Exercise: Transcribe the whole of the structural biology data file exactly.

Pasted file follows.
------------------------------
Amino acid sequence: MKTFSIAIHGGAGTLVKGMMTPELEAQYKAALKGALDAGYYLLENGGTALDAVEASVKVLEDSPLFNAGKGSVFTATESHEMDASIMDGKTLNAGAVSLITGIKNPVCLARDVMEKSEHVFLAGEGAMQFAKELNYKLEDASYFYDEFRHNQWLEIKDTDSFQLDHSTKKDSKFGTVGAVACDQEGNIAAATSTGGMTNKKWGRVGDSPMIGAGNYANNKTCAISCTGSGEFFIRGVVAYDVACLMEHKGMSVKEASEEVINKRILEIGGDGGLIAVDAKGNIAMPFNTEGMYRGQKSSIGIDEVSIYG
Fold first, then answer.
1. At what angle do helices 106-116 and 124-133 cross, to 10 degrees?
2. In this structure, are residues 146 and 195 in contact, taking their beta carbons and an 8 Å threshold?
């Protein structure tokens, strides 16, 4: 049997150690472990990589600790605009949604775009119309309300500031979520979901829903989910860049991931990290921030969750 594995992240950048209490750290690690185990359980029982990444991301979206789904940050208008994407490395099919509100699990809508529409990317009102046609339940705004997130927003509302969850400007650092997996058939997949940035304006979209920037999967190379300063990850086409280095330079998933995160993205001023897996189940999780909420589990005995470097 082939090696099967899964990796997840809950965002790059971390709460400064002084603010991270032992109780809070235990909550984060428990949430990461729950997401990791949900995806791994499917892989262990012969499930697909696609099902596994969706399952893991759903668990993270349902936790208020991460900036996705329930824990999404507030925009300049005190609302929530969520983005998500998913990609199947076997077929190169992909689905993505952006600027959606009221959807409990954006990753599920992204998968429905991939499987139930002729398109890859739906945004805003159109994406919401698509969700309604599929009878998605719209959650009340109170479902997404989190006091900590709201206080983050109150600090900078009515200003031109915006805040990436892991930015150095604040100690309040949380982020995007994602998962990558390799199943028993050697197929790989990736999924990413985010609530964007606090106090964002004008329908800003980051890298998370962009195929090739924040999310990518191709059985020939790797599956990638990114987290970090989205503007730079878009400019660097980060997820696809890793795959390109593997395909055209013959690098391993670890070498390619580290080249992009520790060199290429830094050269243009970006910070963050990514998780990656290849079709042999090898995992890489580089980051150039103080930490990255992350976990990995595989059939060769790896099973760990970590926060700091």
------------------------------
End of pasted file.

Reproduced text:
Amino acid sequence: MKTFSIAIHGGAGTLVKGMMTPELEAQYKAALKGALDAGYYLLENGGTALDAVEASVKVLEDSPLFNAGKGSVFTATESHEMDASIMDGKTLNAGAVSLITGIKNPVCLARDVMEKSEHVFLAGEGAMQFAKELNYKLEDASYFYDEFRHNQWLEIKDTDSFQLDHSTKKDSKFGTVGAVACDQEGNIAAATSTGGMTNKKWGRVGDSPMIGAGNYANNKTCAISCTGSGEFFIRGVVAYDVACLMEHKGMSVKEASEEVINKRILEIGGDGGLIAVDAKGNIAMPFNTEGMYRGQKSSIGIDEVSIYG
Fold first, then answer.
1. At what angle do helices 106-116 and 124-133 cross, to 10 degrees?
2. In this structure, are residues 146 and 195 in contact, taking their beta carbons and an 8 Å threshold?
């Protein structure tokens, strides 16, 4: 049997150690472990990589600790605009949604775009119309309300500031979520979901829903989910860049991931990290921030969750 594995992240950048209490750290690690185990359980029982990444991301979206789904940050208008994407490395099919509100699990809508529409990317009102046609339940705004997130927003509302969850400007650092997996058939997949940035304006979209920037999967190379300063990850086409280095330079998933995160993205001023897996189940999780909420589990005995470097 082939090696099967899964990796997840809950965002790059971390709460400064002084603010991270032992109780809070235990909550984060428990949430990461729950997401990791949900995806791994499917892989262990012969499930697909696609099902596994969706399952893991759903668990993270349902936790208020991460900036996705329930824990999404507030925009300049005190609302929530969520983005998500998913990609199947076997077929190169992909689905993505952006600027959606009221959807409990954006990753599920992204998968429905991939499987139930002729398109890859739906945004805003159109994406919401698509969700309604599929009878998605719209959650009340109170479902997404989190006091900590709201206080983050109150600090900078009515200003031109915006805040990436892991930015150095604040100690309040949380982020995007994602998962990558390799199943028993050697197929790989990736999924990413985010609530964007606090106090964002004008329908800003980051890298998370962009195929090739924040999310990518191709059985020939790797599956990638990114987290970090989205503007730079878009400019660097980060997820696809890793795959390109593997395909055209013959690098391993670890070498390619580290080249992009520790060199290429830094050269243009970006910070963050990514998780990656290849079709042999090898995992890489580089980051150039103080930490990255992350976990990995595989059939060769790896099973760990970590926060700091």